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Re: [tlug] Mandrake vs. Red Hat

On Thu, Jun 06, 2002 at 08:47:07AM +0900, Micheal E Cooper wrote:
> > oversimplified dependency system very frustrating. Whereas Debian
> > dependencies are broken down into 'required', 'recommended', and
> > 'suggested'--now, is that not a much better model of the real world than
> > RPM provides?
> I am not participating in the preference of one system over another because
> I am not yet settled into any system, but I would like to know what a
> 'suggested' dependency is. I thought a software dependency was when one
> piece of software is required for another to run.

In a strict sense, I guess that's true. And that's exactly what you get
with RPM. No more, no less. There is no way for a package maintainer to
distinguish between 'package A requires B in order to run', 'A will work
without B but will only be partially functional', and 'if you use A you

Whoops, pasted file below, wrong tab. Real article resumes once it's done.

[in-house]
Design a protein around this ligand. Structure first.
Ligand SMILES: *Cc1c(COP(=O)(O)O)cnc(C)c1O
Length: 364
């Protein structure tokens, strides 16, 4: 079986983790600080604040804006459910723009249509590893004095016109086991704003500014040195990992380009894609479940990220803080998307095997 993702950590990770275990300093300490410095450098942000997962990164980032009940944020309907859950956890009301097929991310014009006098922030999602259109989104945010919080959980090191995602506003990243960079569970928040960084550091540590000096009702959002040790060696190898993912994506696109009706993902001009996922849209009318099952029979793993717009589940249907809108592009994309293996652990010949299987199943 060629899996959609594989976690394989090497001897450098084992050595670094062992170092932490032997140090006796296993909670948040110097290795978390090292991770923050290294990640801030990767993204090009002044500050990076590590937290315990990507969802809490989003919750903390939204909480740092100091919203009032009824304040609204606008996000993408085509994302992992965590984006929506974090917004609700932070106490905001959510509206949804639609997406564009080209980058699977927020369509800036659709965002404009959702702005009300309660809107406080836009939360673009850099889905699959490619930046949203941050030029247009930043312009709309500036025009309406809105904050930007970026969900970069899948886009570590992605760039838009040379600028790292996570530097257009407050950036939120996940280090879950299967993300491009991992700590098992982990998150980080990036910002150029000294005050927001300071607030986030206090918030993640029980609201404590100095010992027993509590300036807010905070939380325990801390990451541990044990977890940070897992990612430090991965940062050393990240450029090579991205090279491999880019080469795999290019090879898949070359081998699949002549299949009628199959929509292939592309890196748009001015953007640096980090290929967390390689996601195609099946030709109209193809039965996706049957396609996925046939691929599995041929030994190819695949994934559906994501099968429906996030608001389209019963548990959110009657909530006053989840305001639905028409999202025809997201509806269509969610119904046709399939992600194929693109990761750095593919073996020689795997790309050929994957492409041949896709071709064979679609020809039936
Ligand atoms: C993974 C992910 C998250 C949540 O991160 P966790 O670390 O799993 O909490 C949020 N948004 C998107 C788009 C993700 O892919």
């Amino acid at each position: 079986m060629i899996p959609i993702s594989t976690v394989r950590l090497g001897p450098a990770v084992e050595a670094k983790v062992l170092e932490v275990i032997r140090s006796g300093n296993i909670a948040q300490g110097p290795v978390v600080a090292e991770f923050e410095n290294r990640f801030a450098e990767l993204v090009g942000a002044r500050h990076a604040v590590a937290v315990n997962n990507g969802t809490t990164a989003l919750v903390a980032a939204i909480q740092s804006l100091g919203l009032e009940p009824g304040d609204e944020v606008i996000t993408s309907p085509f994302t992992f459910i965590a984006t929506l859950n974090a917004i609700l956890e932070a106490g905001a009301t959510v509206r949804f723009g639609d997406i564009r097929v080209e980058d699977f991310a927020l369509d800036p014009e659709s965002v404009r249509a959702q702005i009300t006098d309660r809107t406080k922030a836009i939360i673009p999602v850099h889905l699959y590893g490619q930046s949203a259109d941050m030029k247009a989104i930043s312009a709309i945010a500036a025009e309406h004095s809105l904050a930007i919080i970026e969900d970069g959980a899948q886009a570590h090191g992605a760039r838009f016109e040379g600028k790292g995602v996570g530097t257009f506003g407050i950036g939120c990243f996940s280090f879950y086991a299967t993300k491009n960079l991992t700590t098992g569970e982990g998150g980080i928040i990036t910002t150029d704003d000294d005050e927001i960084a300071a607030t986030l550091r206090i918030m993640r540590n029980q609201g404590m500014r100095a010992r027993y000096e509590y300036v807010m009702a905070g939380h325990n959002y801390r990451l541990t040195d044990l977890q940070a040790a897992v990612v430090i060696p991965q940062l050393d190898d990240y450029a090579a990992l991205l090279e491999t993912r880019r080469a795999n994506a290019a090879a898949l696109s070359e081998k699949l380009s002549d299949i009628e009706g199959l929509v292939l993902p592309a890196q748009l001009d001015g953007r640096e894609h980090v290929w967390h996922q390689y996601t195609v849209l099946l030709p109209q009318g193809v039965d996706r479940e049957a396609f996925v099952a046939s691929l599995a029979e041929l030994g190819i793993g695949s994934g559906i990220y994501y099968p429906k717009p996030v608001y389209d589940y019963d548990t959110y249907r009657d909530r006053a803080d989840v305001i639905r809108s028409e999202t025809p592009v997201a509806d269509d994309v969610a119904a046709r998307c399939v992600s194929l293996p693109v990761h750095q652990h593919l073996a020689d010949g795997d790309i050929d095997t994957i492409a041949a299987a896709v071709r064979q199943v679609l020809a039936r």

will probably also want B'. Debian's 'required', 'recommended', and
'suggest' represent those 3 relations between packages.

> How are 'recommended' and
> 'suggested' managed? Is this a way of giving the user choices from, say,
> three different packages that can be used to fill a certain dependency?

As indicated above, no, but Debian also has a way to do this. I think
it's called 'virtual packages', one example being 'user-mail-agent' (or
something like that): there are at least 3 MTA packages--exim, sendmail,
and something else--that provide this virtual package, making it very 
easy to change packages without breaking dependencies. Actually, I think
RPM has something similar: certain packages provide certain features
(you can see an example by invoking 'rpm -q --provides' on some
package), but I'm not sure that facility can be used like the Debian
virtual packages. At any rate, I can't recall ever seeing an RPM package
that depended on features without depending on a specific package.

Matt Gushee
Englewood, Colorado, USA

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